This past weekend, Robin Edgar attended the UUA Board meeting’s discussion on Excellence in Ministry, which he then covered on his blog.
Technically he was an observer, but he certainly wasn’t sitting there. As with so many UU meetings and events he has attended, he again tried to make it all about him. So while board and staff tried to talk about how to make sure the next generation of UU ministers are both qualified and supported, he constantly raised the question of “clergy misconduct.”
Apparently, Robin Edgar believes that, if an offending minister can be rehabilitated, and if a minister can appeal an adverse decision of the Ministerial Fellowship Committee, then any and all complaints of alleged clergy misconduct should also be renewed as many times as the person complaining deems necessary. Forget whether it has merit, or whether there is evidence to support the complaint. If ministers can get a second chance, then in his mind anyone with an axe to grind should be able to swing it again and again until they finally get what they want.
Perhaps Robin Edgar doesn’t realize that not every complaint has merit, just as not every defrocked minister deserves to be reinstated. Perhaps he’s never heard of the concept of “prosecutorial harassment” – of using laws or regulations to go after someone over and over, distorting judicial due process and the pursuit of justice into a relentless demand for vengeance, just as destructive as the obsessive stalker going after the woman who rejected him (how dare she, I’ll show her!)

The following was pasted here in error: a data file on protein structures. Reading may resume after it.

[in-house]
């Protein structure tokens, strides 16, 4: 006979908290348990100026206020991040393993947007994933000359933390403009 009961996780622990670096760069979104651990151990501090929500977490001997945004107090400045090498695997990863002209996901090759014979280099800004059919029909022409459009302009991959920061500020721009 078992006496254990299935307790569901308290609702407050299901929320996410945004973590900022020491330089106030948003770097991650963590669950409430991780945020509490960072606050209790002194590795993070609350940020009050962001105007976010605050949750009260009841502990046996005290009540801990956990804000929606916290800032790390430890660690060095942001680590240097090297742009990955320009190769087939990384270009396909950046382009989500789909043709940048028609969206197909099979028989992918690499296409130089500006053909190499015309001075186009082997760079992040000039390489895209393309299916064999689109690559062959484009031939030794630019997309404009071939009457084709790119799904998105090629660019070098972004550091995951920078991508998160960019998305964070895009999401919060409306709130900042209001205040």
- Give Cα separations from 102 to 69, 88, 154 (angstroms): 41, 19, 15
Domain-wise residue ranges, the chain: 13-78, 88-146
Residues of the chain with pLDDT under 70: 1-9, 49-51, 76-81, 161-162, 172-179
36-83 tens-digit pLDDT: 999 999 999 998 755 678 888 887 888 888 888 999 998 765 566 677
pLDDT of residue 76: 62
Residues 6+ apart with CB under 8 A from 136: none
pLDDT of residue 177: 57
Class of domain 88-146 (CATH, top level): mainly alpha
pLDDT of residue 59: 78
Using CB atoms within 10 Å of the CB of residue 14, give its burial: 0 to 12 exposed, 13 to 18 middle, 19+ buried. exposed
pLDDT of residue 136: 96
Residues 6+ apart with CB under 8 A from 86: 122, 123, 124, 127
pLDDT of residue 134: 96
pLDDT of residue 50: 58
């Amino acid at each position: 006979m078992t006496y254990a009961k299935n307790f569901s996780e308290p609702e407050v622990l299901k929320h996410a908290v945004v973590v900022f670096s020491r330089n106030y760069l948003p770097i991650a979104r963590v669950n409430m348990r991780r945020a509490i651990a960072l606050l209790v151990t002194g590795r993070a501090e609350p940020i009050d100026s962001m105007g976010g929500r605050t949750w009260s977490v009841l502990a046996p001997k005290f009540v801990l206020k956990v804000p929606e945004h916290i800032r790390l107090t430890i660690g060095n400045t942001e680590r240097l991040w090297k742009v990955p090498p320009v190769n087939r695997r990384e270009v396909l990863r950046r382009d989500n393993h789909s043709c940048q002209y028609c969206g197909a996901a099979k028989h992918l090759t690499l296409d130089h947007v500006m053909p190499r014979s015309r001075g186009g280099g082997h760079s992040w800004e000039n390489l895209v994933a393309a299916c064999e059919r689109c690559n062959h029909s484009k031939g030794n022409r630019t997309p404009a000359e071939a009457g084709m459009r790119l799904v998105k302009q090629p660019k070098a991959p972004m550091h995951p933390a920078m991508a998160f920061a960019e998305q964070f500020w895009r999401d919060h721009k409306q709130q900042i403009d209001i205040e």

Perhaps Robin Edgar doesn’t really care about fairness, proof or balance. Perhaps all he really cares about is winning, of fulfilling his warped and grandiose fantasies.
We ourselves have our own criticisms of how the UUA has handled clergy misconduct, especially how it has dealt with the victims of such misconduct. But we also know that justice is about more than confronting and punishing others for hurting your feelings. It’s certainly not about browbeating others to get what you want, just because you believe that you can’t possibly be wrong.